Figure 5
figure 5

CCA biplot showing changes in the moat states expressed by SOM subclusters represented by indicative dipteran taxa (triangles) and sediment samples (circles), under a gradient of environmental variables (A). Variables correlated with Ax1 are shown as red arrows, while those correlated with Ax2 are shown as blue arrows. Mn and Zn were not significant for the analysis. Taxa and samples associated with each subcluster are coloured differently. Sample codes given on zoom (B) are arranged as follows: first two signs stand for core symbol (W1—RP W1, W2—RP W3(2), W4—RP W3(4), F2—RP F2), followed by numbers referring to depth (in cm b.g.l.). For full names of taxa see Supplementary Table S5.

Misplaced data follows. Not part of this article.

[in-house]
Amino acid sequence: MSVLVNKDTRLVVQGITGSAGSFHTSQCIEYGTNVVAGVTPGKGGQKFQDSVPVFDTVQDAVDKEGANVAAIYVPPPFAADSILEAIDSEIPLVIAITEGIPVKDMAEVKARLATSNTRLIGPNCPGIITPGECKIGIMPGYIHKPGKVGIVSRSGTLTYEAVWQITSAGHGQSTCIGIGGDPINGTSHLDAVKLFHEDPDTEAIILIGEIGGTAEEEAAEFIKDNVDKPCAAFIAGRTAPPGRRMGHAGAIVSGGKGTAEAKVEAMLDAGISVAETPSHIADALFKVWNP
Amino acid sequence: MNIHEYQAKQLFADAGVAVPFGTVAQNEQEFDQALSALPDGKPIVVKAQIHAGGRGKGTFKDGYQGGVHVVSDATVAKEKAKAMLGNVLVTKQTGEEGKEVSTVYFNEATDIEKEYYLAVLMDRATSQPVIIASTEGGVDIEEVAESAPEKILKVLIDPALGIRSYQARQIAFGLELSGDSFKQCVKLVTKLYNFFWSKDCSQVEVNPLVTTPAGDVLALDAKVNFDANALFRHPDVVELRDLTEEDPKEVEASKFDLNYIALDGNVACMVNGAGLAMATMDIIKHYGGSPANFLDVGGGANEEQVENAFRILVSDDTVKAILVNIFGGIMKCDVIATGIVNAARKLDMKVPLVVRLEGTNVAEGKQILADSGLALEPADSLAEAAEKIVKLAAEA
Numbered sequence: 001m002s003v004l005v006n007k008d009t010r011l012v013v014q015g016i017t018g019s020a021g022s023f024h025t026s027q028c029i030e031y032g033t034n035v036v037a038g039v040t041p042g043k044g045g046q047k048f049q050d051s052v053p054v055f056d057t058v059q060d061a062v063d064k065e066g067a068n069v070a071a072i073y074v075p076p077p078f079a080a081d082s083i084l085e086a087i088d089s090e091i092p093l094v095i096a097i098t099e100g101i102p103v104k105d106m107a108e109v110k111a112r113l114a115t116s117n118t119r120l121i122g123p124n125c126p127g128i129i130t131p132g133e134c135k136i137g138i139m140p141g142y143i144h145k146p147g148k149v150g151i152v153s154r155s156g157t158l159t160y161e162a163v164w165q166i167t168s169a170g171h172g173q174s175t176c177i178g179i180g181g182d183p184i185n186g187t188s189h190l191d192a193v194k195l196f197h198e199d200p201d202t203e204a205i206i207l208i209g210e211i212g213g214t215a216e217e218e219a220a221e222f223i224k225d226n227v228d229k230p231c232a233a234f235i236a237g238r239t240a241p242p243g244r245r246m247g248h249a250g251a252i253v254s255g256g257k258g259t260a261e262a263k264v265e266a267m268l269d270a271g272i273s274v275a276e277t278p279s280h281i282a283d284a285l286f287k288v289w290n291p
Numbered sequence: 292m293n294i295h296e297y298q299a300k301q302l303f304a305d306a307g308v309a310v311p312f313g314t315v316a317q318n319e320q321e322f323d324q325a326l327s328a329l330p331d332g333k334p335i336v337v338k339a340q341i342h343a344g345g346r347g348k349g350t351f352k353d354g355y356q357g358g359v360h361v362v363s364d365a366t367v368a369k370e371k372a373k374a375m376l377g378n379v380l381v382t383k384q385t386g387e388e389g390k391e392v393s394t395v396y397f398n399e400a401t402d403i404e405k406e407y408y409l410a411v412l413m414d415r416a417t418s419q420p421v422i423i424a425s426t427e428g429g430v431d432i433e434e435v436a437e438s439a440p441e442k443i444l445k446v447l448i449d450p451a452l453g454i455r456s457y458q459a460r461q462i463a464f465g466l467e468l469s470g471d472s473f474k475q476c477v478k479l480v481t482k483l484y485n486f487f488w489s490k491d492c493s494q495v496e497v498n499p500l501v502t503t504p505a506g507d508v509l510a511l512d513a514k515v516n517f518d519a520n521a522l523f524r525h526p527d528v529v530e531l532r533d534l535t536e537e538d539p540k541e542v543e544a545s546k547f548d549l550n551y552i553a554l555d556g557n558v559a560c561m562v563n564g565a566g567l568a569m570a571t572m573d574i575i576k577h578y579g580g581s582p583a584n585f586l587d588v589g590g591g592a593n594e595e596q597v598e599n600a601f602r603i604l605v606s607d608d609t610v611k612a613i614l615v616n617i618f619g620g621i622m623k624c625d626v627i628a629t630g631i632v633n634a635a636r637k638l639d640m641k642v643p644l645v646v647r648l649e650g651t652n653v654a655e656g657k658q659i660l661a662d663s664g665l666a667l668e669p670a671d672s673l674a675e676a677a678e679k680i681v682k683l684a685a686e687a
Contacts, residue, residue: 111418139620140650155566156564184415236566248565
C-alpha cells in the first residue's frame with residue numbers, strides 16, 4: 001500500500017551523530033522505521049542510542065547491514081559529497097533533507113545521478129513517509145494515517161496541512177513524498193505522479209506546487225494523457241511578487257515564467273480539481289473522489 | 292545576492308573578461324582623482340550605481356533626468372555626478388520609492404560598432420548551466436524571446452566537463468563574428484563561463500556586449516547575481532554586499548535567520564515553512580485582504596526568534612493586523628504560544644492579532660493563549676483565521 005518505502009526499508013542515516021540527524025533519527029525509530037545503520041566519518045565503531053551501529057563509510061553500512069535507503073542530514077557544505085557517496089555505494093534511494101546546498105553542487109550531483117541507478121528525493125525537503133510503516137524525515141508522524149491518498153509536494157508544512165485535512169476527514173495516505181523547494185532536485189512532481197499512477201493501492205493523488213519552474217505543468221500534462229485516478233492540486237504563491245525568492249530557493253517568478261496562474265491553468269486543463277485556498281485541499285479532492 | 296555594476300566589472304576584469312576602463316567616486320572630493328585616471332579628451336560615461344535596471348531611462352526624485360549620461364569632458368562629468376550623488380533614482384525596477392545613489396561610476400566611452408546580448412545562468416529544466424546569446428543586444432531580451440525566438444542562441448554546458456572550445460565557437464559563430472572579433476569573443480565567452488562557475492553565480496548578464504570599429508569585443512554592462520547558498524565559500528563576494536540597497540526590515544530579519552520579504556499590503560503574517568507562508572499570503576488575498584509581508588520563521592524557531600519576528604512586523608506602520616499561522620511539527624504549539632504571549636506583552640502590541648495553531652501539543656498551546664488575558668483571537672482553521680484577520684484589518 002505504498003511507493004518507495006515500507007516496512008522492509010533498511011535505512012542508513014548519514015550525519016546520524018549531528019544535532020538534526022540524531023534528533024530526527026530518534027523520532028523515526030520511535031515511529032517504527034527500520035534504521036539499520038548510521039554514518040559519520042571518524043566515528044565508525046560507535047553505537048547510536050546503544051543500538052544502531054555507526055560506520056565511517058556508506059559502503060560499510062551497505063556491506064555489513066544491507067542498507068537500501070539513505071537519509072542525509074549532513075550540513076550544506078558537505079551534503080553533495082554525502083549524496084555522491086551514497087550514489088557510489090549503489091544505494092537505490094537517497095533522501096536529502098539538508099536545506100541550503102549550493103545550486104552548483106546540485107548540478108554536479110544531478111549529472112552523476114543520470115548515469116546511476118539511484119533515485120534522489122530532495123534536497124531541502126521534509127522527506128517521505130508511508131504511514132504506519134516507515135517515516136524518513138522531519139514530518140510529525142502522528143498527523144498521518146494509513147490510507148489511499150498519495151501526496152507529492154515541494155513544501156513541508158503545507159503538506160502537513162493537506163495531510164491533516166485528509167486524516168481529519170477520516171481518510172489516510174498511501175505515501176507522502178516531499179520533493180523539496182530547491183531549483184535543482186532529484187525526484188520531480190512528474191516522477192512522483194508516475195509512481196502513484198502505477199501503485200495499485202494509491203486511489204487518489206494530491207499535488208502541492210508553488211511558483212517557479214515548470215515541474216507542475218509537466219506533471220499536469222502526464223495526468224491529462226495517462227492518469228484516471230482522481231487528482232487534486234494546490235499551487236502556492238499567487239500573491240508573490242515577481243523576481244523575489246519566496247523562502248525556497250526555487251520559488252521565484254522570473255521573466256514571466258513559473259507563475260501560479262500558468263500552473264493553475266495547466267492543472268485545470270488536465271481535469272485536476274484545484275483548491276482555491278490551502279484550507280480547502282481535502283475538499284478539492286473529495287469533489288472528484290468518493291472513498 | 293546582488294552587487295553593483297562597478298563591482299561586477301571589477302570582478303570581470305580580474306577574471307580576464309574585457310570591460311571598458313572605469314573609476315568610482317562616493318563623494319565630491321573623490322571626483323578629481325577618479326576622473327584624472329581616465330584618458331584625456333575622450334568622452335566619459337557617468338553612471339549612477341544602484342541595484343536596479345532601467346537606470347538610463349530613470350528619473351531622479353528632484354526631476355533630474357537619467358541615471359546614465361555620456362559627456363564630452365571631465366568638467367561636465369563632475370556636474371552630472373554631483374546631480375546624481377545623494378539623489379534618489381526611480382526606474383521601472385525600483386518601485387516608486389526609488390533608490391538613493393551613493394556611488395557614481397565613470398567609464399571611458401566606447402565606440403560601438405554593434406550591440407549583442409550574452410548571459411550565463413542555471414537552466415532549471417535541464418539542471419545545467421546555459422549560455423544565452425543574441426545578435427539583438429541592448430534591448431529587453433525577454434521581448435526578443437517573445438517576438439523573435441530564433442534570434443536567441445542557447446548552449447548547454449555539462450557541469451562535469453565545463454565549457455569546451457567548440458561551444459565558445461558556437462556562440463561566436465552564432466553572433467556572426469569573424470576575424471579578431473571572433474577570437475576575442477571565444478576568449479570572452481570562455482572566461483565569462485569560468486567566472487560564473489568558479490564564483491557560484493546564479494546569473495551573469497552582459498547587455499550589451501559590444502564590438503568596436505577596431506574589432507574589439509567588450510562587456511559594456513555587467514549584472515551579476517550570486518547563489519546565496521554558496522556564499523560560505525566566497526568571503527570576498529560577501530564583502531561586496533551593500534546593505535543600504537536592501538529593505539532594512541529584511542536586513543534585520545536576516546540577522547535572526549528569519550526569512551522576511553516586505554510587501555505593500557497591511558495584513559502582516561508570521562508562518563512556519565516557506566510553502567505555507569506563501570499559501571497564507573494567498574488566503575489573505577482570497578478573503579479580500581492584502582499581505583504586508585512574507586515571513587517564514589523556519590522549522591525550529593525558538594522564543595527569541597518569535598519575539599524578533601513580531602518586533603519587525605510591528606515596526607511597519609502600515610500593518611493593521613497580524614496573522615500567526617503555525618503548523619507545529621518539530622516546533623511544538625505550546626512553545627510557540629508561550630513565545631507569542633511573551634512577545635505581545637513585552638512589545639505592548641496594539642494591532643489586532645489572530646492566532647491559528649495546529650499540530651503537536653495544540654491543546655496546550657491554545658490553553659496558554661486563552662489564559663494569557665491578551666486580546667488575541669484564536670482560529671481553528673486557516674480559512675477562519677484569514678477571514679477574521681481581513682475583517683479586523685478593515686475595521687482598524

The samples grouped in the X1 subcluster generally represented conditions unfavourable for aquatic biota. Many of them were characterised by relatively high Pb, probably reflecting increased denudation processes after stronghold abandonment and increased flooding activity in the 18th–19th centuries AD (cf.5). This series describes monofraction of the mineral admixture (share of the sand mainly ranges between 70–90% and Mz for 70% number of samples is 1.6–2.2 phi; Fig. 2). According to Kittel et al.21, in the absence of a clear boundary between individual layers, identification of flood activity should include changes of colour sediments, caused by admixture of decomposed and diffused organic matter (Supplementary Fig. S1). In our case, organic matter values varied little among X1 subcluster samples (mean for this section 29.3%) and corresponded with light-grey horizon (overbank organic mud and overbank sandy organic mud vide:5; Fig. 2) a dozen cm thick. The overbank deposits accumulated in rapidly changing oxygenation of water. Such conditions stimulated microbial decomposition of organic matter and allowed accumulation of sulphide elements, such as Cu, Mn and Fe (Fig. 2). The taxa typical of the telmatic phase of the moat (X2) were associated with low pH. Moreover, Limnophyes-Paralimnophyes, Parametriocnemus-Paraphaenocladius and Polypedilum sordens-type prefer habitats with high organic matter and iron compounds content. However, among samples classified to the X2 cluster, those from RP W3(2) core were more related to acidic conditions than those from RP W3(4). Generally more alkaline conditions are preferred by the chironomids indicative of the limnetic stage of the moat, in particular to subcluster Y2 (Fig. 5). Those taxa (e.g. Zavreliella and Cricotopus bicinctus-type) prefer habitats with high Ca and K values. Several phytophilous taxa (such as Paratanytarsus penicillatus-type, Corynoneura coronata-type and C. arctica-type) seemed to be more associated with sulphide elements (Cu, Zn), than with pH level. Alkaline conditions are also important to several taxa indicative of the Y1 subcluster (like Tanytarsus pallidicornis-type 2), but unlike Y2, these taxa are associated with low element levels (Fig. 5). The occurrence of allochthonic mineral matter with variable grain-size parameters (Supplementary Fig. S2) in the Y1 samples may be responsible for the increased lithophilic elements (mainly Mg and K) content in deposits (Fig. 2).